Easier? Probably not. Cheaper? Also, probably not.
- In 2022, car buyers faced waiting lists and higher prices for new and used cars.
- Auto loan rates are up and likely to stay that way through 2023.
- Chip shortages are beginning to ease, but modern cars (and especially electric cars) require more of them.
Buying a car used to be a fairly simple process. You’d have to do some research, pick some makes and models to test drive, and head to your local dealership (or search the Internet, in the case of many used cars).
But 2022 was a bad year to need to buy a car. Whether you’ve had your eye on a brand new shiny showroom car or a solid and serviceable used car, you’ve likely faced long waiting lists, higher prices, and a lot of compromises. This is due to high demand, supply chain issues and microchip shortages. In real numbers, new car prices rose 8.4% between October 2021 and October 2022, according to the most recent Consumer Price Index Summary.
The auto industry spent 2022 still reeling from the global disaster that was the COVID-19 pandemic. Some people forgo buying a new car and instead choose to repair or maintain an old car. This is often a more wallet-friendly choice, but it can still be daunting if you have your heart set on a new car (and were in good shape to afford it). Will 2023 be different? Unfortunately, the new year is unlikely to bring drastic changes for the better.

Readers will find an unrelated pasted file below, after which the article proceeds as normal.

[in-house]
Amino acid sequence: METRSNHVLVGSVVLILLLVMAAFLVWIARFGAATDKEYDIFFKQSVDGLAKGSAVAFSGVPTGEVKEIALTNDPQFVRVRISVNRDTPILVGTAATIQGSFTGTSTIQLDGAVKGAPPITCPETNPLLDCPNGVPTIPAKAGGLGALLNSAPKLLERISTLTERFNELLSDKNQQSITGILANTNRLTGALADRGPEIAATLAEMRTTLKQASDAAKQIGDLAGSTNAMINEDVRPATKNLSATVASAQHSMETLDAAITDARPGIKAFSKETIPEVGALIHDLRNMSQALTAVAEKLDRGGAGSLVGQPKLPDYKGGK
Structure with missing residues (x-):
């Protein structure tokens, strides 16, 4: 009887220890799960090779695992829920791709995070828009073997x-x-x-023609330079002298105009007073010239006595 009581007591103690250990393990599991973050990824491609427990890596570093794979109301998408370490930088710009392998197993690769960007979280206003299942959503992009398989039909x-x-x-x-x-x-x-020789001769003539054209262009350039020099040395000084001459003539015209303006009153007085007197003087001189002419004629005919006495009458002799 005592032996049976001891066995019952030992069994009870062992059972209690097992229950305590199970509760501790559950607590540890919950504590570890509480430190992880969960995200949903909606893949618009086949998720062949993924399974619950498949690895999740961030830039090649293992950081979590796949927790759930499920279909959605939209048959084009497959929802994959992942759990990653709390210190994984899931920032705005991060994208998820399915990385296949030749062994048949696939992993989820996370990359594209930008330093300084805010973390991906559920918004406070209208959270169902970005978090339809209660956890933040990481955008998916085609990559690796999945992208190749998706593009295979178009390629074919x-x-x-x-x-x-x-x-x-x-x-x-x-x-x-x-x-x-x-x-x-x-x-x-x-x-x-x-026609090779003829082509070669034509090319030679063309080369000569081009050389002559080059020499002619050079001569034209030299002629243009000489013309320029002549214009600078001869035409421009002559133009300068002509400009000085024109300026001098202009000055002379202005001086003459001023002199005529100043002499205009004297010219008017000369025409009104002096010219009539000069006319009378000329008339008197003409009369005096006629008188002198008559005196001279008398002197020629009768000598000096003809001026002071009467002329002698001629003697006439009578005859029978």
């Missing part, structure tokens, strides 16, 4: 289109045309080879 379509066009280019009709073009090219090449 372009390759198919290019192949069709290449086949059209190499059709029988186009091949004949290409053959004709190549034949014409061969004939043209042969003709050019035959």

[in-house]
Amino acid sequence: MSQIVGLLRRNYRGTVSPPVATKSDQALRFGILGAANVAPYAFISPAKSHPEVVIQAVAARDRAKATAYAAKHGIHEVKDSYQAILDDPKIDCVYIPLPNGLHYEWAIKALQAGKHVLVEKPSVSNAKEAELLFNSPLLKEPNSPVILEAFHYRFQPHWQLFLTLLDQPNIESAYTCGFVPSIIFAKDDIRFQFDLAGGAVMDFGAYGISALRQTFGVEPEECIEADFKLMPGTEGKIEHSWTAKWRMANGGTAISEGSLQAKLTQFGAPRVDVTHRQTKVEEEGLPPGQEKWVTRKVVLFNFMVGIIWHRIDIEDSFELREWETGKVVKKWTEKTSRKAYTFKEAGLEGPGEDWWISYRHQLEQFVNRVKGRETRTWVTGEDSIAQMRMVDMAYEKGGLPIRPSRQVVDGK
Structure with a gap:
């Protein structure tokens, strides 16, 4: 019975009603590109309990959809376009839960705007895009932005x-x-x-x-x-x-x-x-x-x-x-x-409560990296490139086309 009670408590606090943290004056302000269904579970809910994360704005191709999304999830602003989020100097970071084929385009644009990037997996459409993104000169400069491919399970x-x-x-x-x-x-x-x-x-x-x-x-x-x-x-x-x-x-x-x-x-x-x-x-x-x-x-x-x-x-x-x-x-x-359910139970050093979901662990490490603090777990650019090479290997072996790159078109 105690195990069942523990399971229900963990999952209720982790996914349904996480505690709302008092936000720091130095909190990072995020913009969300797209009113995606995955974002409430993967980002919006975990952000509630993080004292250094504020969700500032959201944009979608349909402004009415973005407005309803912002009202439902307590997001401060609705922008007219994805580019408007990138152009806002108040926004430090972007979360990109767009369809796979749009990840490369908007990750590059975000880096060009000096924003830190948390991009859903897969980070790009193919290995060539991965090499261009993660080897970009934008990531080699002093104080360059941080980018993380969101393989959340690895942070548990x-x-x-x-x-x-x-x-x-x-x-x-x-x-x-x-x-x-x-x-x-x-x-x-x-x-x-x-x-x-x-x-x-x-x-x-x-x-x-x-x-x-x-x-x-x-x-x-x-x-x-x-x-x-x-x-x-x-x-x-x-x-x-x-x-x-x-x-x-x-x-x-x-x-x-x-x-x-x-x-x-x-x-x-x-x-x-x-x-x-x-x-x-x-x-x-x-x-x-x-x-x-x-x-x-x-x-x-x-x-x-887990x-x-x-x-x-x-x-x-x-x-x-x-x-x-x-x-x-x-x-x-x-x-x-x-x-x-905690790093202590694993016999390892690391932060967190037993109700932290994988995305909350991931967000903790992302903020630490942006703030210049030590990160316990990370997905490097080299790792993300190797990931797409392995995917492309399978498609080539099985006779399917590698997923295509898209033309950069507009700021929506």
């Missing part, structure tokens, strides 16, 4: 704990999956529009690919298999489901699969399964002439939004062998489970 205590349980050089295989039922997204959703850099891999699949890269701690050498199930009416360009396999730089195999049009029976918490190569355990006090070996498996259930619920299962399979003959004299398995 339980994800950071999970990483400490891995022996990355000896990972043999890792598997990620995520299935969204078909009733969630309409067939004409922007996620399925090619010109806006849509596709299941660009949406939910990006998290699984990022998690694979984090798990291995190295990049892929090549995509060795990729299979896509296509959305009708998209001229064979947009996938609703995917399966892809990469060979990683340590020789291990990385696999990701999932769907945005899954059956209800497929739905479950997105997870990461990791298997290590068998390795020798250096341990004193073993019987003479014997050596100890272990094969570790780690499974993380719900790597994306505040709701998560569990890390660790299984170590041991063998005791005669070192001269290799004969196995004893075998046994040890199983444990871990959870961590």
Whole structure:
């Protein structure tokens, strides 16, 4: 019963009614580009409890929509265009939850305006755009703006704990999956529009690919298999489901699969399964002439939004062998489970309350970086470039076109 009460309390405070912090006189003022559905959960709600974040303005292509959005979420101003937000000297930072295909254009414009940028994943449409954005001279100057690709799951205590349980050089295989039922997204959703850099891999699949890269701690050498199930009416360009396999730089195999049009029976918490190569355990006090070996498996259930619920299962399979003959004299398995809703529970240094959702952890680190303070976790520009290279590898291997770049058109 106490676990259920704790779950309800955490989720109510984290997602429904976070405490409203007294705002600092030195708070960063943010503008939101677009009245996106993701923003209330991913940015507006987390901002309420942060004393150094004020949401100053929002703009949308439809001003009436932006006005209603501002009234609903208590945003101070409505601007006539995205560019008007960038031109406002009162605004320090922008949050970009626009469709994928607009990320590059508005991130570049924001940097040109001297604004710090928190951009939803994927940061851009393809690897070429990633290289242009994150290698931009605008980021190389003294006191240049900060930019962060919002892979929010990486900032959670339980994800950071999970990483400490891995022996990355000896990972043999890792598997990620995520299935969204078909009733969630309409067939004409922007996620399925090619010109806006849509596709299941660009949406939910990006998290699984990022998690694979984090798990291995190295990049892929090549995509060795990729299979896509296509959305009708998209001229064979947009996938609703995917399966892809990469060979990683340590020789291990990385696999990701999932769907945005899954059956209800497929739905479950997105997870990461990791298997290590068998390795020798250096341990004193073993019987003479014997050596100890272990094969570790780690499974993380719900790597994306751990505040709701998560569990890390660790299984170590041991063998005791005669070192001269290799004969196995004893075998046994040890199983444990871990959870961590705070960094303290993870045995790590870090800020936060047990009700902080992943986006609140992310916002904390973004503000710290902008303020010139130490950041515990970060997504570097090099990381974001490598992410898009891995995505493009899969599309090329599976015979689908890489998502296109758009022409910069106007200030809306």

Interest rates have gone up
In addition to higher prices, consumers also face higher interest rates on credit cards, mortgages and auto loans. That’s due to consumer lenders raising interest rates in response to actions taken by the Federal Reserve in 2022, which include multiple increases in the federal funds rate, or the rate at which banks and credit unions borrow from each other. US News & World Report notes that in November 2022, the average interest rate for a borrower with a credit score of at least 750 was 9.31% for a new car. If you have very good or excellent credit, you may be able to find a promotional rate or other incentive from your dealer, but if your credit is a little shaky, you’re likely looking at a higher interest rate on your auto loan.
Lack of chips is still an issue
Since the start of the pandemic, the main problem with access to cars has been the lack of chips. According to JP Morgan research, this is starting to ease, but there have also been problems with semiconductor supply for a long time. Chips available now and in 2023 may also not be the right types for every car in demand. Another point to remember is that modern cars require a lot more chips and the demand for electric cars is also increasing and they require more.
Insurance rates are going up
Finally, another obstacle to making car buying easier and cheaper next year is the rising cost of auto insurance. Costs are rising due to labor shortages, higher car prices and even higher accident rates since the start of the pandemic. So even if you do manage to buy a car, you’ll likely spend more to keep it insured.
Overall, it doesn’t seem likely that the car buying process will be much easier or less expensive in 2023. One possible advantage for you as a buyer is that if you are willing to pay more and have a high credit score, you may have less competition from borrowers who are not in the same position as you. If you hope to buy a car in 2023, be patient and don’t lose hope.
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